Participants were then brought back into the testing room, where they stayed for the remainder of the study. They then read age-appropriate storybooks with the researcher or their parents for 20 minutes, which served as an adaptation phase during which participants in the experimental condition adjusted to the new lighting environment. Following the adaptation period, participants completed the two computer tasks a second time (test assessment), in the reversed order from which they completed them previously.

Go/no-go task.

Participants were told that they were going to play a game about going to the zoo [46]. They were shown an image of a cartoon zookeeper and told that “one day, the zookeeper wasn’t paying attention and all the animals escaped from the zoo!” Children were then told that their job was to help the zookeeper catch the escaped animals. In order to do that, they needed to press the right mouse button whenever they saw an animal appear. They were then shown a picture of a monkey and told that the monkey is their friend, who is helping them to catch the animals, so when they see the monkey, they shouldn’t press the button. Children were then asked to repeat the instructions to confirm their comprehension. If the child did not understand, the instructions were repeated until the child demonstrated a sufficient understanding of the instructions. The task was composed of 64 trials, in a semi-random order. The task consisted of 75% “go” trials and 25% “no-go” trials. “Go” trials consisted of images of six different animals: a flamingo, a tiger, a tortoise, a hippopotamus, a zebra, and an antelope.

Each trial image was displayed for 800 ms, separated by a white slide with a fixation cross displayed for 500 ms. Results were scored for accuracy, the percent of correct “no-go” trials out of 16, in which the child successfully inhibited responding to the image of the monkey, as well as reaction time, the latency on correct “go” trials, in which the child correctly “caught” one of the other six animals.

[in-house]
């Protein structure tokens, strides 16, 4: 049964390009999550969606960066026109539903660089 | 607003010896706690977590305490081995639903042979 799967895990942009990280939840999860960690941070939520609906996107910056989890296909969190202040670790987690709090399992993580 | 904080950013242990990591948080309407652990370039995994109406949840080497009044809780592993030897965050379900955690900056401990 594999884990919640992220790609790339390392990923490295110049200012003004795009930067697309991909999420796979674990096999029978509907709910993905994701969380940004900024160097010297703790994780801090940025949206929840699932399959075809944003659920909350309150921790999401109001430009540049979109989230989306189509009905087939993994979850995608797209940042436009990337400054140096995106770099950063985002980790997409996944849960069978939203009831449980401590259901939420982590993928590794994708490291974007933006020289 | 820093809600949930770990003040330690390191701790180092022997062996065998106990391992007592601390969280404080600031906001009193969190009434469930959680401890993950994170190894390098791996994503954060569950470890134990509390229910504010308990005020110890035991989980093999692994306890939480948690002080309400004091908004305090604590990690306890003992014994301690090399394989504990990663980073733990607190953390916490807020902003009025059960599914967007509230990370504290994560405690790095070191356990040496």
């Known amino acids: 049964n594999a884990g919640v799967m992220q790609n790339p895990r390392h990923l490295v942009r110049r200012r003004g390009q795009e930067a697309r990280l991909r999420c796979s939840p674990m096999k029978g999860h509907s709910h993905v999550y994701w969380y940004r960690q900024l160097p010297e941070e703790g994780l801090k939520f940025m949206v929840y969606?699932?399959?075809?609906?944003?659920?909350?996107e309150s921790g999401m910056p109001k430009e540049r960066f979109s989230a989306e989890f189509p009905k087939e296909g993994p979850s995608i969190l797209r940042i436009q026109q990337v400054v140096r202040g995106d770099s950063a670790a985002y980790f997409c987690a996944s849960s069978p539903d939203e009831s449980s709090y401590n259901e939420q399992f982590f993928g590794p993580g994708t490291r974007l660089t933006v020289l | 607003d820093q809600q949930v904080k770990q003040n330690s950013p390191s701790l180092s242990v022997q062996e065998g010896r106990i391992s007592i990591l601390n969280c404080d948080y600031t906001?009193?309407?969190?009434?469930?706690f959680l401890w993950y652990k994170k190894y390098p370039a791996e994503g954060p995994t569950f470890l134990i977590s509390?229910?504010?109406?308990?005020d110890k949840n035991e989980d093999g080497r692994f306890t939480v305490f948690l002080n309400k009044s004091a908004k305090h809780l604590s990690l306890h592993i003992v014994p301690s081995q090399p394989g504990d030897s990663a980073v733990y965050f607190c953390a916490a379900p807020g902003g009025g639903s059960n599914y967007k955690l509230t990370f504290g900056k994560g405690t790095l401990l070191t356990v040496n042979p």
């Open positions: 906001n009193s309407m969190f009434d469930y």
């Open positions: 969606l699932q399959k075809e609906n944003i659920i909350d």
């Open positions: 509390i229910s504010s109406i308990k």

Hearts and flowers.

Task components and procedures were adapted from Davidson, et al. [39]. The Hearts and Flowers task consisted of two practice blocks, each with 16 trials, followed by a test block with 40 trials. In each trial, an image of a heart or a flower appeared on either the left or right side of the screen (Fig 2). The children were instructed that when they saw a heart, they should press the mouse button that matches the same side where the heart appears on the screen. Alternatively, when they saw a flower, they should press the mouse button that is on the opposite side of where the flower appears on the screen. For example, if the flower appeared on the left, they should press the right mouse button. Children were instructed to press the button corresponding to either the same or opposite side on which the image appears, depending on whether it is a heart or a flower.

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Fig 2. Example of stimulus from Hearts and Flowers task, a measure of task switching ability.

https://doi.org/10.1371/journal.pone.0202973.g002

The first practice block consisted of only heart trials, the second practice block consisted of only flower trials, and the test block consisted of both types of trials mixed together. The test block consisted of 40 trials, 20 of each type of stimulus, 10 appearing on each side of the screen, presented in a random order. Before each block began, the instructions for that block were reviewed with the child, who was asked to demonstrate which button he or she should press for each possible trial. During each trial, a fixation cross appeared for 500 ms, followed by the trial stimulus. The stimulus appeared onscreen for 2500 ms. Trials were broken down into “no-switch” trials, in which two of the same type of stimulus appeared in a row (i.e. a heart followed by another heart), and “switch” trials, in which the trial followed a trial of the opposite stimulus type (i.e. a heart followed by a flower). Previous findings with adult participants demonstrated significant performance on switch trials following exposure to light set to a higher CCT [14]. Participants’ accuracy (percent correct) and reaction times on correct trials were recorded and analyzed by trial type.

Analysis

Statistical analyses (S1 Dataset) were performed with SPSS Statistics 21.0 (IBM Corp. Armonk, NY, USA). Independent t-tests were used to examine differences in age, sleep habits, study participation time, and baseline task performance between participants assigned to the control and experimental groups. Data from each task were analyzed with 2-way 2x2 repeated measures ANOVAs to examine differences between the two light conditions (Control, Experimental) and across the two testing time points (Baseline, Test). If the lighting condition impacted participants’ performance over time, we would expect to see significant interactions. Effect sizes for significant results are given as partial-eta squared.

Results